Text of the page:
Zambian reporter has his own story to tell
He believes that one of the most important health messages to send to readers about the topic of HIV is adherence to Anti Retroviral Drugs (ARVs, which manage the HIV virus). “Everything else is equally important – addressing stigma, encouraging people to go for counselling and testing.”
Stigma around a HIV diagnosis remains a societal barrier in Zambia. “Stigma is causing people to die, because they won’t go for testing,” he says bluntly.
Panos is a non-governmental organisation with a presence in several developing countries. It focuses on trying to ensure “that information is effectively used to foster public debate, pluralism and democracy”. In 2004, Panos established the Network of Journalists Living with HIV.
There are now 700 members, most of them living in sub-Saharan Africa. Ngoma is one of four Zambian members. Zambia used to have five members, but one reporter died last month. This is a private, members-only forum, that provides advice, contacts and support.
Lilian Chigona is the executive director of Lusaka’s Panos office. “The network was established as a way of helping HIV members of the media to help themselves. Self-reflection has to be part of the process,” she explains. “If you are a television presenter in Africa, you’re a celebrity, and you do not necessarily want to publicly state your HIV status.”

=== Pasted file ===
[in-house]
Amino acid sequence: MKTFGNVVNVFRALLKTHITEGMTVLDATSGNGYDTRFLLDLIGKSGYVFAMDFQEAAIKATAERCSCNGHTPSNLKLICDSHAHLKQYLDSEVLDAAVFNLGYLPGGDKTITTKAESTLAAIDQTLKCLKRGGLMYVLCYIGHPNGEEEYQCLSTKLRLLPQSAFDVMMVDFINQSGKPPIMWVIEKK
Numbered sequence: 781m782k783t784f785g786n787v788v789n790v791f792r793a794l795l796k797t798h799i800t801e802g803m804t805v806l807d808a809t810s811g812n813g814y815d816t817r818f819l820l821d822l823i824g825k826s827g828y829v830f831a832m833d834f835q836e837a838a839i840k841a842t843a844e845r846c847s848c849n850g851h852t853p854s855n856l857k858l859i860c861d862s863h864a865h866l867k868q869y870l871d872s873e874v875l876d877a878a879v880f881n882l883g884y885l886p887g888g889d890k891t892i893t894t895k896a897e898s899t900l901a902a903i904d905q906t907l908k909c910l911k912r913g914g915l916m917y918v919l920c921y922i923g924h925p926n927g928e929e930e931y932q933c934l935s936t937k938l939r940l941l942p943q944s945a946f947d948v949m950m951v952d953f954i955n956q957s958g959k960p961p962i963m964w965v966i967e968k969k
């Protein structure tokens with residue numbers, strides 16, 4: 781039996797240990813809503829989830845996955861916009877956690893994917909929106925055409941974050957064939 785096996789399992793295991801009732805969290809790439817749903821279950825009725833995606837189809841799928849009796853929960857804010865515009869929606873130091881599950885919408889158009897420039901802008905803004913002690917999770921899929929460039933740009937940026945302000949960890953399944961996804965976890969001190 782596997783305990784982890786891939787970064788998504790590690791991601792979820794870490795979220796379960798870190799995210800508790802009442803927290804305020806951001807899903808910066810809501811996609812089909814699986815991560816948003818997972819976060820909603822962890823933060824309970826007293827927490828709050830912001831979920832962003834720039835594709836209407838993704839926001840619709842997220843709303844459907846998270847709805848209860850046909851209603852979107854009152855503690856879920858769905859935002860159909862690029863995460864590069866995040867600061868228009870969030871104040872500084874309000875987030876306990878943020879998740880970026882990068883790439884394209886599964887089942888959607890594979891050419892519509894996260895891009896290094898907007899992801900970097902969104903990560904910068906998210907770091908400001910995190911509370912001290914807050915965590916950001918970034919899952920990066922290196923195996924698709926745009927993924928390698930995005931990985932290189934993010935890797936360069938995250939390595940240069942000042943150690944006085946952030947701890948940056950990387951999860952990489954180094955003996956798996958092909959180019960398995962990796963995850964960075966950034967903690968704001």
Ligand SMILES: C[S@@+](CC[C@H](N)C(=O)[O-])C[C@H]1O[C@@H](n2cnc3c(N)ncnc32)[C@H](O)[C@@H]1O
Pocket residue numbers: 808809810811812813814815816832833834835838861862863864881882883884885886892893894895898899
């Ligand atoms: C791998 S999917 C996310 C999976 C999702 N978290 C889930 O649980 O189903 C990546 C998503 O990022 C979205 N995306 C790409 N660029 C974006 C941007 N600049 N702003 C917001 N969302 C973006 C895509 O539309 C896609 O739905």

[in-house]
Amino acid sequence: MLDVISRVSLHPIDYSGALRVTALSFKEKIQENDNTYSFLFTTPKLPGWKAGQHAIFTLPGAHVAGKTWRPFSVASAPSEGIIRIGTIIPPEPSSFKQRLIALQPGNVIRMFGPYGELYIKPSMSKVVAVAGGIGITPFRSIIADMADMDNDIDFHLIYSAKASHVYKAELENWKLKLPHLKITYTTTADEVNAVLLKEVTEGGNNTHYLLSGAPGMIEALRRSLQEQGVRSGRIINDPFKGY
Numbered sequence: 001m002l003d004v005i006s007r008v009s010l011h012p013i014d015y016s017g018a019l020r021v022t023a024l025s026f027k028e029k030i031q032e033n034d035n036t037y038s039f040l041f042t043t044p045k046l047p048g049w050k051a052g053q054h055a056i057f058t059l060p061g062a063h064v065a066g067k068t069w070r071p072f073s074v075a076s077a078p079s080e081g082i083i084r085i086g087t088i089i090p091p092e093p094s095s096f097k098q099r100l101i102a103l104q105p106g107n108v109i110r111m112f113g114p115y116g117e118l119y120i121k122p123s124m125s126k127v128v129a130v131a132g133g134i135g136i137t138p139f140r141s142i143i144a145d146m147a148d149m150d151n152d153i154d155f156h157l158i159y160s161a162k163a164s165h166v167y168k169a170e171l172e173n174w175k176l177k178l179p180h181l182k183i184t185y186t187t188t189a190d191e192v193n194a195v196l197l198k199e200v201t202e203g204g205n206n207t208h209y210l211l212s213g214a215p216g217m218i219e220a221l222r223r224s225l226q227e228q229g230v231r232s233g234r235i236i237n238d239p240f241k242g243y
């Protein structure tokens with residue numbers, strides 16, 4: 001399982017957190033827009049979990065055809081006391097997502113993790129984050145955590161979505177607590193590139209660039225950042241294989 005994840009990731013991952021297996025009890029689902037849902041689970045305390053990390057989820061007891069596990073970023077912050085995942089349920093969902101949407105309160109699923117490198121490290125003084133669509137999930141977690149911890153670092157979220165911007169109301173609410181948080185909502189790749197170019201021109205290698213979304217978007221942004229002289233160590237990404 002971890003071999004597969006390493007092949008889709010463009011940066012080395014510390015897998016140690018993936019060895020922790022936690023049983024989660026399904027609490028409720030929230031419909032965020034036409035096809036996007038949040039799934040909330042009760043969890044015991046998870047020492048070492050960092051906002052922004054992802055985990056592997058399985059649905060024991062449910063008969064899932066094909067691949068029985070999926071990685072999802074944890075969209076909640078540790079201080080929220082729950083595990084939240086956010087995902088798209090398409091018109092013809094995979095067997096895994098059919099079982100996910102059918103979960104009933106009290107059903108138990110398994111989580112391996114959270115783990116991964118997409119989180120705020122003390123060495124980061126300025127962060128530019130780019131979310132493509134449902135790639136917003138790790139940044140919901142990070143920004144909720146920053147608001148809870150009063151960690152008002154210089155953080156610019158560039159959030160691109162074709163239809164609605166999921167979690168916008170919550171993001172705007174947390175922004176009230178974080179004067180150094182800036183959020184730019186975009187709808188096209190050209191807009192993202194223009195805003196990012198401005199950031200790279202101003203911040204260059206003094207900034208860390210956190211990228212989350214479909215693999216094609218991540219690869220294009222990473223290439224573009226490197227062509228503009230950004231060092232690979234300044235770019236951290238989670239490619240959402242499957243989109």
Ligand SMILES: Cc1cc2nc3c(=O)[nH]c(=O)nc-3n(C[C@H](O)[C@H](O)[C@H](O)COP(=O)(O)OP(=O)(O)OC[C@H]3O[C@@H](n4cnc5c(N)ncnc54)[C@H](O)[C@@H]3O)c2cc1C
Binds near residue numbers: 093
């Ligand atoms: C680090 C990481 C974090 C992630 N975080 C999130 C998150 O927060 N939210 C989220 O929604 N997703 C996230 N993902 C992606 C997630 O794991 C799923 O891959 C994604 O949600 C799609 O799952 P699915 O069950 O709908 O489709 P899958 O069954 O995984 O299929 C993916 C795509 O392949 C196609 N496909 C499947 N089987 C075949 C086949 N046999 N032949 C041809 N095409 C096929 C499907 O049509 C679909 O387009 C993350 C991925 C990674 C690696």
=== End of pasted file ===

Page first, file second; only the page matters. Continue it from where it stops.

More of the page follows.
HIV positive journalists were not finding their way to access services for themselves even though they were reporting on stories related to the issue. “That’s why the network was set up; a private forum where journalists are free to talk and give each other advice about things like medication,”she says.
Ngoma is aware of how influential local media can be in the way HIV stories are reported, especially those that reduce stigma and encourage more people to come forward for testing.
As a journalist who writes about HIV and is HIV positive, he is also aware of the power of his own perspective in the stories he writes.
Ngoma has not yet written his own personal story for the Times of Zambia, although he is planning to do so. (He agreed to go on the record about his status for this interview with The Irish Times.)
“As people who work in the media, we are role models in society, and we should take the lead and say, ‘Yes, I am living with HIV,’” he says. “We can play our part in a small way, but that small way is one that can have a big effect.”
ROSITA BOLANDand FRANK MILLERwere supported by the Simon Cumbers Media Fund